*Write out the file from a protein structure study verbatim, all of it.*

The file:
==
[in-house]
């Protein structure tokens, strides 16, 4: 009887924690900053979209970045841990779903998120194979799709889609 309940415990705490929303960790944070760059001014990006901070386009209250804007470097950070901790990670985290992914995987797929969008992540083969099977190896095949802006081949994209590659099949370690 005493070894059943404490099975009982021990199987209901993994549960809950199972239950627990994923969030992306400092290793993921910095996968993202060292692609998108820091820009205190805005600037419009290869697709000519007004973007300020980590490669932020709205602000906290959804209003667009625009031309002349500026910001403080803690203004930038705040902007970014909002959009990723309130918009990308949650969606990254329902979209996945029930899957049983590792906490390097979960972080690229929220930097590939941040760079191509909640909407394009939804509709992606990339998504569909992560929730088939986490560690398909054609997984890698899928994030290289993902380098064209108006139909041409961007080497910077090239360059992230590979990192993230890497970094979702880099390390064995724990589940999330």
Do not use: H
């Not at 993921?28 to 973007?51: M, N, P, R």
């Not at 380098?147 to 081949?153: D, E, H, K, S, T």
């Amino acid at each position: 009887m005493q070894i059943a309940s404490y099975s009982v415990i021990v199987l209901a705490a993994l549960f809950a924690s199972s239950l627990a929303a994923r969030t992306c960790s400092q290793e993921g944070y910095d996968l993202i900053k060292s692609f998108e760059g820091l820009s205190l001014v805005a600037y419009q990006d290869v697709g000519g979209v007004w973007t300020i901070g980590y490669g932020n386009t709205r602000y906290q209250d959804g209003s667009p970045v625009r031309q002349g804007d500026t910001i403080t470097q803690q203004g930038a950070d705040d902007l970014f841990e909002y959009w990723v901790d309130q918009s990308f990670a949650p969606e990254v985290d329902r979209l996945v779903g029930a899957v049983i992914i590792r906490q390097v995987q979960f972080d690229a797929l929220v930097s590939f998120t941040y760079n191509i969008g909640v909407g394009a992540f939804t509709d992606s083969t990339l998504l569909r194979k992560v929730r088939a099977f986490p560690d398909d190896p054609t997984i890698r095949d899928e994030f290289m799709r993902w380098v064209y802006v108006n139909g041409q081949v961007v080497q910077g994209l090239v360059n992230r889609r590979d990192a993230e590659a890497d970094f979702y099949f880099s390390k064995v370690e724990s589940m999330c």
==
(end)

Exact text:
[in-house]
């Protein structure tokens, strides 16, 4: 009887924690900053979209970045841990779903998120194979799709889609 309940415990705490929303960790944070760059001014990006901070386009209250804007470097950070901790990670985290992914995987797929969008992540083969099977190896095949802006081949994209590659099949370690 005493070894059943404490099975009982021990199987209901993994549960809950199972239950627990994923969030992306400092290793993921910095996968993202060292692609998108820091820009205190805005600037419009290869697709000519007004973007300020980590490669932020709205602000906290959804209003667009625009031309002349500026910001403080803690203004930038705040902007970014909002959009990723309130918009990308949650969606990254329902979209996945029930899957049983590792906490390097979960972080690229929220930097590939941040760079191509909640909407394009939804509709992606990339998504569909992560929730088939986490560690398909054609997984890698899928994030290289993902380098064209108006139909041409961007080497910077090239360059992230590979990192993230890497970094979702880099390390064995724990589940999330």
Do not use: H
């Not at 993921?28 to 973007?51: M, N, P, R």
């Not at 380098?147 to 081949?153: D, E, H, K, S, T």
């Amino acid at each position: 009887m005493q070894i059943a309940s404490y099975s009982v415990i021990v199987l209901a705490a993994l549960f809950a924690s199972s239950l627990a929303a994923r969030t992306c960790s400092q290793e993921g944070y910095d996968l993202i900053k060292s692609f998108e760059g820091l820009s205190l001014v805005a600037y419009q990006d290869v697709g000519g979209v007004w973007t300020i901070g980590y490669g932020n386009t709205r602000y906290q209250d959804g209003s667009p970045v625009r031309q002349g804007d500026t910001i403080t470097q803690q203004g930038a950070d705040d902007l970014f841990e909002y959009w990723v901790d309130q918009s990308f990670a949650p969606e990254v985290d329902r979209l996945v779903g029930a899957v049983i992914i590792r906490q390097v995987q979960f972080d690229a797929l929220v930097s590939f998120t941040y760079n191509i969008g909640v909407g394009a992540f939804t509709d992606s083969t990339l998504l569909r194979k992560v929730r088939a099977f986490p560690d398909d190896p054609t997984i890698r095949d899928e994030f290289m799709r993902w380098v064209y802006v108006n139909g041409q081949v961007v080497q910077g994209l090239v360059n992230r889609r590979d990192a993230e590659a890497d970094f979702y099949f880099s390390k064995v370690e724990s589940m999330c």